Journal of Clinical and Diagnostic Research, ISSN - 0973 - 709X

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Original article / research
Year : 2016 | Month : May | Volume : 10 | Issue : 5 | Page : ZC17 - ZC19

Saving the 2nd Molar from the 3rd Is it Really the Guilt of the Tilt?

Pankaj Yadav, Preeti Jain Pruthi, Ruchika Roongta Nawal, Sangeeta Talwar, Mahesh Verma

1. Senior Resident, Department of Conservative Dentistry and Endodontics, Maulana Azad Institute of Dental Sciences, New Delhi, India. 2. Senior Resident, Department of Conservative Dentistry and Endodontics, Maulana Azad Institute of Dental Sciences, New Delhi, India. 3. Associate Professor, Department of Conservative Dentistry and Endodontics, Maulana Azad Institute of Dental Sciences, New Delhi, India. 4. Professor and Head of Department, Department of Conservative Dentistry and Endodontics, Maulana Azad Institute of Dental Sciences, New Delhi, India. 5. Professor and Head of Department, Department of Prosthodontics, Maulana Azad Institute of Dental Sciences, New Delhi, India.

Correspondence Address :
Dr. Preeti Jain Pruthi,
Senior Resident, Department of Conservative Dentistry and Endodontics,
Maulana Azad Institute of Dental Sciences, New Delhi, India.
E-mail: drpreetijain82@gmail.com

Abstract

Introduction: Clinicians often relate the distal caries in second molars to angulated third molars, which if left undetected can lead to gross decay that may further require removal of the tooth. Due to this fact, many third molars are advised for prophylactic removal to prevent decay in the second molar. But this approach would only be justified when the incidence of decay/loss of second molar due to third molar are reasonably high. We sought to determine incidence of caries experience and also sequel extraction in second molars associated with the third molars.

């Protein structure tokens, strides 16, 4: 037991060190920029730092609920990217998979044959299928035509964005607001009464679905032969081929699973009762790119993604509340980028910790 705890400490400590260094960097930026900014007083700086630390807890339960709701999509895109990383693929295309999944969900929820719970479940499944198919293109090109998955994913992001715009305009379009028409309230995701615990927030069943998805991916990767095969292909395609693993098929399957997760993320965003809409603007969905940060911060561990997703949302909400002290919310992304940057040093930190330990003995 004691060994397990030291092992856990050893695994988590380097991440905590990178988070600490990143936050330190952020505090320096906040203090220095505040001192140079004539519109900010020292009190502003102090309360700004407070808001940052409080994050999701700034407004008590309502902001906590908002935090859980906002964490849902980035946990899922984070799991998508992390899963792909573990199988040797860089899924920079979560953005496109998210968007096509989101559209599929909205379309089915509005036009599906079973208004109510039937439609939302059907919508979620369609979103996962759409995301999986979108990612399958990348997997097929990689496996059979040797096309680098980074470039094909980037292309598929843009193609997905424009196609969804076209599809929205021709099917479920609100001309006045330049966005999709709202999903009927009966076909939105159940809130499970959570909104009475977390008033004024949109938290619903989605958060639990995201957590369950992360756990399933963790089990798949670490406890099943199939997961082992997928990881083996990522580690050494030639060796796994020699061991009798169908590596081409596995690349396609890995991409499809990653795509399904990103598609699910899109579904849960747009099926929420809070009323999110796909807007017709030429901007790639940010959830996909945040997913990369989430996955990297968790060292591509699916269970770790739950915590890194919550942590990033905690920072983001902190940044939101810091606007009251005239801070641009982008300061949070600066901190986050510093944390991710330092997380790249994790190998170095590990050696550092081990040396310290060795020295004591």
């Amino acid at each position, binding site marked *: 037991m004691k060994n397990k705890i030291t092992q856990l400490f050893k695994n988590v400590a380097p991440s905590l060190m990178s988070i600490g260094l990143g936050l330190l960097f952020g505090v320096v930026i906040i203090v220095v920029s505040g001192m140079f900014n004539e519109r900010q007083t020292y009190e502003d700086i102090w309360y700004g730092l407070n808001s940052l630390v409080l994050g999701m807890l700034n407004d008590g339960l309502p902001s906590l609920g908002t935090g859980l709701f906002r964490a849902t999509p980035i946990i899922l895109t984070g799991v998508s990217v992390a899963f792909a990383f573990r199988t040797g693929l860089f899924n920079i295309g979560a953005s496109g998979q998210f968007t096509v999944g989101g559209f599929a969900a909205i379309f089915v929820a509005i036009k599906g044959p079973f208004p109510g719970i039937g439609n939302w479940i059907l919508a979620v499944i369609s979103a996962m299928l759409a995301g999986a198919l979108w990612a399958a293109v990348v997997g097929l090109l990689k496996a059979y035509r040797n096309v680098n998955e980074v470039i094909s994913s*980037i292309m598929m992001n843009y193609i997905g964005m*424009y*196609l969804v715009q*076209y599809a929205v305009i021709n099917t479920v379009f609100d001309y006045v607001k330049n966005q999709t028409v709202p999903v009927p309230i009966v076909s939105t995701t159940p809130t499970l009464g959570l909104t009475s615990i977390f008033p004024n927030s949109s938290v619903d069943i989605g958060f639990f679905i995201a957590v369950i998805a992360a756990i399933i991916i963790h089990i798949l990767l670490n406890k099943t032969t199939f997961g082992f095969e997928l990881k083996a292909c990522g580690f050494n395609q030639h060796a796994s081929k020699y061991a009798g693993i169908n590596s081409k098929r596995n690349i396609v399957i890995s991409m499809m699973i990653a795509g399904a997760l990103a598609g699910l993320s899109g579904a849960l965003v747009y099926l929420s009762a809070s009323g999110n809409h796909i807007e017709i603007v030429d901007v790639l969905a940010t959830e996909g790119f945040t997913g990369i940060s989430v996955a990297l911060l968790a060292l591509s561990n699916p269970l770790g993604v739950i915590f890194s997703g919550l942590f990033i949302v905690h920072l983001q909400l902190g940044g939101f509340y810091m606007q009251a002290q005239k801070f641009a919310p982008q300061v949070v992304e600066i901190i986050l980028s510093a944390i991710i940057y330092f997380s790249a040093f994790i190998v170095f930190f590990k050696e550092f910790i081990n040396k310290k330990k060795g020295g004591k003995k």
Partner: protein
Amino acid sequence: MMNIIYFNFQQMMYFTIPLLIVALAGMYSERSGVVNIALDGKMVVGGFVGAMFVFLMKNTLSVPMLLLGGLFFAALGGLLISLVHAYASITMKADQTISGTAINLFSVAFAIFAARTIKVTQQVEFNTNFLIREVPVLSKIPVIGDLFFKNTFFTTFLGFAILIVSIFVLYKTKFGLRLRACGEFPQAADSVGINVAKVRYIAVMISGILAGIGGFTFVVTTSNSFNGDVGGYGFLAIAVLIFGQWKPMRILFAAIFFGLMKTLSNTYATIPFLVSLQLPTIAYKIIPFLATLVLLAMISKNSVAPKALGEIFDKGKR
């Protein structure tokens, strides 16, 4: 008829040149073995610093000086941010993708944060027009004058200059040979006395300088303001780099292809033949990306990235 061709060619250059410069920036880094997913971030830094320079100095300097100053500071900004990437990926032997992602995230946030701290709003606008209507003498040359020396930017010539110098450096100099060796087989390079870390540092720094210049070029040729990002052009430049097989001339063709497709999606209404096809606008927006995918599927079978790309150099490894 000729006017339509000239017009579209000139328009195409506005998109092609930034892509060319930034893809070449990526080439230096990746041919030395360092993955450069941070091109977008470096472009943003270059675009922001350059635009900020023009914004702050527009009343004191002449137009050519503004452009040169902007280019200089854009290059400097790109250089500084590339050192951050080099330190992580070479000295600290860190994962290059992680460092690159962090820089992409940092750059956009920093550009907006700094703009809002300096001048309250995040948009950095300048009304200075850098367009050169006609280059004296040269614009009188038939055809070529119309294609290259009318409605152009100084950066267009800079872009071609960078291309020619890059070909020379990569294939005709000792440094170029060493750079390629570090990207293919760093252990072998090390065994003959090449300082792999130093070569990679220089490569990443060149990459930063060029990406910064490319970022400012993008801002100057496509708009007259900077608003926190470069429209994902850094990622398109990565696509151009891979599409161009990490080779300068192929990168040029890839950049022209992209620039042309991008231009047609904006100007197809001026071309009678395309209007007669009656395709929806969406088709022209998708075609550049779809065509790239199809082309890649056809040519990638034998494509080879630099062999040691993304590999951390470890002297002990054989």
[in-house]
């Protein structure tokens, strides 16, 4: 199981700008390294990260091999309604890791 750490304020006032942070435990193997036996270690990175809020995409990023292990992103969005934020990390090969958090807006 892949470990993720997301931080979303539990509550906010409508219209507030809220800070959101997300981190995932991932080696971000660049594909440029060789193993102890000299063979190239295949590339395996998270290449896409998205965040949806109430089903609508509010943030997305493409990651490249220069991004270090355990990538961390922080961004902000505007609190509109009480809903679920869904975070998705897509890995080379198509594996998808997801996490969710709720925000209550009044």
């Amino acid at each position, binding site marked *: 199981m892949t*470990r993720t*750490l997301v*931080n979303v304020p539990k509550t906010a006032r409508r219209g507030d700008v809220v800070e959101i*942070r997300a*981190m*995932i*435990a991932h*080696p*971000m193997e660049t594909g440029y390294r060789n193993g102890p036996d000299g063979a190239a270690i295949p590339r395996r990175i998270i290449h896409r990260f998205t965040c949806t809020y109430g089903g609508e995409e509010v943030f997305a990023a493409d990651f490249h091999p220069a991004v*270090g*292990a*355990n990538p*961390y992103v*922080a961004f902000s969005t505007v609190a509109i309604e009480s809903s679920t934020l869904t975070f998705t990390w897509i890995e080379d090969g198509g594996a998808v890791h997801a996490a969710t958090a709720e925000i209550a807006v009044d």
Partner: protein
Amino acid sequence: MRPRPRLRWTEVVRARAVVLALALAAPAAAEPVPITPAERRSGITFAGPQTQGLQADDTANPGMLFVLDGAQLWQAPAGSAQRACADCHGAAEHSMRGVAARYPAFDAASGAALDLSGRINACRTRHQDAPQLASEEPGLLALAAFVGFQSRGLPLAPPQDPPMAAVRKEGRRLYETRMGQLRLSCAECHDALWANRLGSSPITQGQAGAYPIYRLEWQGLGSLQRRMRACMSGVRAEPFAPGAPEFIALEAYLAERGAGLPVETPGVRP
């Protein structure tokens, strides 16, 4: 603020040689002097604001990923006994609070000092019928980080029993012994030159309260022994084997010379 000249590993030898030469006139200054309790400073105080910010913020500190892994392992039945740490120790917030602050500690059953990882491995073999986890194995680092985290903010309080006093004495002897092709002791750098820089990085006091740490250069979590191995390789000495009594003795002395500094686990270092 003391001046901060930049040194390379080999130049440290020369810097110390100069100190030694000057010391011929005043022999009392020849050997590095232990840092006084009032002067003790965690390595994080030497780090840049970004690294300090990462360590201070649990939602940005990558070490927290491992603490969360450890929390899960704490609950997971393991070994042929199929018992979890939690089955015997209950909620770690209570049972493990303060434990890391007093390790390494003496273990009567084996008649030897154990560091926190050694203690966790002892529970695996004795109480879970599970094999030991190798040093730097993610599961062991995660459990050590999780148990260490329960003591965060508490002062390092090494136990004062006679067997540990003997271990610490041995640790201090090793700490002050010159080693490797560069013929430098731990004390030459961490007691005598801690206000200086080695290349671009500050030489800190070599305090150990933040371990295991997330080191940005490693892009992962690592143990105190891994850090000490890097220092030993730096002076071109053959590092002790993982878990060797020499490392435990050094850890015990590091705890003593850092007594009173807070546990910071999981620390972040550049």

Aim: The study was conducted to answer the basic question that whether the incidence of caries and subsequent extraction of second molar due to angulated third molars is high enough to justify the prophylactic removal of third molar or not.

Materials and Methods: This study was conducted on radiographic records of 1187 patients. The effect of tilted third molar on the second molar was measured in relation with three parameters namely level & position of third molar with respect to second molar and the distribution among arches.

Results: The results indicated that out of total number of teeth examined only 5.4% of maxillary and 9.6% of mandibular second molars were affected by tilted third molars. Further, only 2.2% of mandibular and 2.9% of maxillary second molars were indicated for extraction. The data was statistically insignificant.

Conclusion: It was concluded that distal caries in second molars is not very common. It may be present in some cases of third molar impactions and prophylactic removal of these impacted teeth may not be considered appropriate.

Keywords

Distal caries mandibular second molars, Impacted third molar

How to cite this article :

Pankaj Yadav, Preeti Jain Pruthi, Ruchika Roongta Nawal, Sangeeta Talwar, Mahesh Verma. SAVING THE 2ND MOLAR FROM THE 3RD IS IT REALLY THE GUILT OF THE TILT?. Journal of Clinical and Diagnostic Research [serial online] 2016 May [cited: 2018 Apr 22 ]; 10:ZC17-ZC19. Available from
http://www.jcdr.net/back_issues.asp?issn=0973-709x&year=2016&month=May&volume=10&issue=5&page=ZC17-ZC19&id=7727

DOI and Others

DOI: 10.7860/JCDR/2016/13555.7727


Date of Submission: Feb 16, 2015
Date of Peer Review: May 22, 2015
Date of Acceptance: Oct 16, 2015
Date of Publishing: May 01, 2016


Financial OR OTHER COMPETING INTERESTS: None.

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